The personal touch, the tours, the face-to-face conversations show people what is happening and what the vision is for the new hospital has really resulted in phenomenal support for an organization that had not done this type of campaign before, Vargo says.
Grassroots support is not overlooked. Nonphysician employees of the hospital have donated $2.2 million to the fund, whose annual revenue for 2011 was $48 million.
“It’s just been an amazing outpouring from our employees,” Vargo says. “Forty percent of those gifts came after we announced the Eskenazis’ $40 million gift.”
Don’t get sidetracked after a ‘no’
After a process has been developed and is put into use, there may be occasional challenges. These give you an opportunity to meet the challenge by staying true to your mission focus.
For instance, Vargo closely followed the caring approach when faced with an unusual rejection from a potential donor.
“Out of the blue, the man called me one day and said, ‘I feel really bad about this, but my wife had breast cancer years ago, and we’ve really never done anything for the hospital that treated her. We are not going to make a gift to you. We are going to make a gift to this other hospital.’”
Vargo assured the couple that it was the right thing for them to do. With his thoughtful approach, he enabled them to see the value of a philanthropic donation, although it was to another hospital.
Afterward, he did some self-reflection, and saw how this experience reinforced that his message was delivered clearly but it was only the outcome that was different.
“We are all in competition obviously, but it is ultimately what is in the best interests of the donor — and all donors are different.”
Capitalize on your success
If you complete a successful merger, acquisition or turnaround, there is a payoff — and that payoff is often only a new beginning, not the culmination of your efforts.
The next step is about taking advantage of that accomplishment. For the hospital campaign, the large gift from the Eskenazis allowed for construction to begin — and it offered another opportunity.
“One thing that obviously has been helpful is having this new magnificent facility because it can be that stepping stone to get people involved,” Vargo says. “We are having this success but it will be a failure if we don’t capitalize in the future on the success we are seeing today.”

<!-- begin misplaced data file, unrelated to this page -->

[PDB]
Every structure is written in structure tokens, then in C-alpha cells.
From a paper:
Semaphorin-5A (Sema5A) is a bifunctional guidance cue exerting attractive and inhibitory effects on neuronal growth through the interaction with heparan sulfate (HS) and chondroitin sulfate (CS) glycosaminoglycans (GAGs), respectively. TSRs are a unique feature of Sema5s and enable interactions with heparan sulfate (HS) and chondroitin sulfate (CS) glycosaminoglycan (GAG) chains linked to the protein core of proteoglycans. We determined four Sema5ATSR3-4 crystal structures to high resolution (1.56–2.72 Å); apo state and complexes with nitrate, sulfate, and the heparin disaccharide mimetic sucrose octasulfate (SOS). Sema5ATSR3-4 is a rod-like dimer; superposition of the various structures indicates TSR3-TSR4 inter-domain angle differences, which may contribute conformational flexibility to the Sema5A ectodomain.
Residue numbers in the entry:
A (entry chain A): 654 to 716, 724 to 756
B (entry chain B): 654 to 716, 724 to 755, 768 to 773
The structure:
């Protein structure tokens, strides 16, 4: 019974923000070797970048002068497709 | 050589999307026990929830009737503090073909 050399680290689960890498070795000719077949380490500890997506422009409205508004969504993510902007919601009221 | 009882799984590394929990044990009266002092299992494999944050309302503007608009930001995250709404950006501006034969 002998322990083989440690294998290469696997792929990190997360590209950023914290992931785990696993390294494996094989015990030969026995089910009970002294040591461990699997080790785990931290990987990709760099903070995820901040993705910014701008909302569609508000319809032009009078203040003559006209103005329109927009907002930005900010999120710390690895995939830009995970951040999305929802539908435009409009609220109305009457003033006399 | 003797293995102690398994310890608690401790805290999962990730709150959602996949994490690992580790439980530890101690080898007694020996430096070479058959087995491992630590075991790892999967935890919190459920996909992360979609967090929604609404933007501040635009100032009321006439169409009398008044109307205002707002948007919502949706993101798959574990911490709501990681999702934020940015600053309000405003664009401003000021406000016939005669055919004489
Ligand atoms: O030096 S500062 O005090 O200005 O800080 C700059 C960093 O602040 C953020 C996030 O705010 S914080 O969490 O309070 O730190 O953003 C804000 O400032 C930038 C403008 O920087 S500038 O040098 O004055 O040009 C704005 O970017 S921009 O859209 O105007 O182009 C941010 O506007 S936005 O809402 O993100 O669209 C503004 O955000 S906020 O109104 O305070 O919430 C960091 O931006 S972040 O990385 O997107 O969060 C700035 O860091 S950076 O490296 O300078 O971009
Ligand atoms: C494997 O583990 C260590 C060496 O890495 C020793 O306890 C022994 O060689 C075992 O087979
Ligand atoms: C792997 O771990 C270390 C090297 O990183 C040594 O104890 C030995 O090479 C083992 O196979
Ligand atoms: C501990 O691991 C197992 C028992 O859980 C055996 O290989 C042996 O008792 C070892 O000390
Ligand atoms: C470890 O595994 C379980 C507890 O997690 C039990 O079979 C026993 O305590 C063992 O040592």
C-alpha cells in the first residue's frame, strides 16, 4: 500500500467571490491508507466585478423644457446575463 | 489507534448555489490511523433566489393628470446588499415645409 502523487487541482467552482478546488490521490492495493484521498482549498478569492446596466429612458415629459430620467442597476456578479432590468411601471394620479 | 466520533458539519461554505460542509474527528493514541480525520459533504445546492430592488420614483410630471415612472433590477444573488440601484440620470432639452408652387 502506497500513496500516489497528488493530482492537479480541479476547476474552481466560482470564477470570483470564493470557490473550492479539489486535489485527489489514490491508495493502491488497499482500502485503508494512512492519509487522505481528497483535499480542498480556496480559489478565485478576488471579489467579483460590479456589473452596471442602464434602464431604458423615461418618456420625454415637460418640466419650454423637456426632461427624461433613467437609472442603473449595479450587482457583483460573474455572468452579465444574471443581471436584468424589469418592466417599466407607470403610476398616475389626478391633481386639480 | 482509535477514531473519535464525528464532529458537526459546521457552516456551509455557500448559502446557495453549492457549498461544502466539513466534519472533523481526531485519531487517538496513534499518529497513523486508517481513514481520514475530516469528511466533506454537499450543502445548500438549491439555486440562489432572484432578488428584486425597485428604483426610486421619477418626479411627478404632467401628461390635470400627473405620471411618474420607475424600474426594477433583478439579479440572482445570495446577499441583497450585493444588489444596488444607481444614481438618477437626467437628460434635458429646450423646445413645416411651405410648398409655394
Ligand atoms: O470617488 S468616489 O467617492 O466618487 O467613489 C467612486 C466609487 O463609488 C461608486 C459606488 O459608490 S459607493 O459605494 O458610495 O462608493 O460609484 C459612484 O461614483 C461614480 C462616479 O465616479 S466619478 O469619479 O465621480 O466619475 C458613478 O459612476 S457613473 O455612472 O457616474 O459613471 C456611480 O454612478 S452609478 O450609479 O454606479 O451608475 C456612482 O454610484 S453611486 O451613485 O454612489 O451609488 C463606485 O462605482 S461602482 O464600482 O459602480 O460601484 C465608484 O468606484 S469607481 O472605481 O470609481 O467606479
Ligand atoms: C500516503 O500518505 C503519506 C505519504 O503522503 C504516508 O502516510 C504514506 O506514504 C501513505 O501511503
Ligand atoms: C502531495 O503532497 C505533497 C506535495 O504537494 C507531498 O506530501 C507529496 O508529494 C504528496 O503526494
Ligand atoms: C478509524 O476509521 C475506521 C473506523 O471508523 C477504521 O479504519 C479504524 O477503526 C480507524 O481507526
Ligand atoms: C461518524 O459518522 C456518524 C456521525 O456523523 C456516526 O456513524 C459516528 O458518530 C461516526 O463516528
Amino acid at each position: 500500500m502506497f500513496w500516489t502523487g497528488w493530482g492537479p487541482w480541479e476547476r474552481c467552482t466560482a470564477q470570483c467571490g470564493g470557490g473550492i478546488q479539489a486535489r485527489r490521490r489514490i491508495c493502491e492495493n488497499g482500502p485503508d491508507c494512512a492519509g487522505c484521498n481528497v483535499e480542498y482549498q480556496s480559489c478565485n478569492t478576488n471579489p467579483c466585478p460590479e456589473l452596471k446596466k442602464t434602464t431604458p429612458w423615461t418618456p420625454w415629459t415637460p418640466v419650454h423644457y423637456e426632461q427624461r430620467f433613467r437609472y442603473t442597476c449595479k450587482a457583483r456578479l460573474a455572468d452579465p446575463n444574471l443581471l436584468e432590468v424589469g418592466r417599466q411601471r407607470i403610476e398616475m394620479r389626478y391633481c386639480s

If your project reaches its goal, it is time to enjoy the moment but keep looking ahead. For the Eskenazi Health Foundation, it was resetting the original $50 million goal to $75 million after the campaign’s large shot in the arm.
“We want to keep the same fundraising staff moving forward because it would be silly to ignore all these people who made gifts to us once the new hospital has been built,” Vargo says.
To build on that intention, continue to be in front of people to take the vision as far as what the future is going to be in regard to funding priorities, he says.
“One of the things that we have done is to begin adding new board members who are key players in the community,” Vargo says. “Our incoming board chairman and vice chairman are some higher profile people in the community who are really engaged.
“There is something about building a brand-new project that is exciting,” Vargo says. “But I also think that there are people who would prefer to give to programs. I think we will continue to have success. It is really identifying and articulating what it is that we are going to do.” ?
How to reach: Eskenazi Health Foundation,
(317) 630-6451 or
Get a focus on your mission.
Don’t get off track after hitting a brick wall.
Capitalize on your success.
The Vargo File
President and CEO
Eskenazi Health Foundation
Born: Akron, Ohio.
Education: University of Akron. I majored in communications.
What was your first job?
Working at a car dealership in the Akron area. When people bought a new car, I was one of the guys who got them ready. I learned the importance of doing your job well. If we could work really hard and get it done right the first time, you didn’t have to take it back and do it over. I also got to be involved with the business a little bit. I became familiar with the owner and learned a little bit about how a car dealer business runs.
Who do you admire in business?
A good friend of mine whom I got to know well when I served on the school board here in town was a man named Bob Laikin. He was the founder/entrepreneur of BrightPoint. He’s a guy who is just a passionate, driven person, but also a very caring person. He is just this incredible entrepreneur who just has a lot of integrity.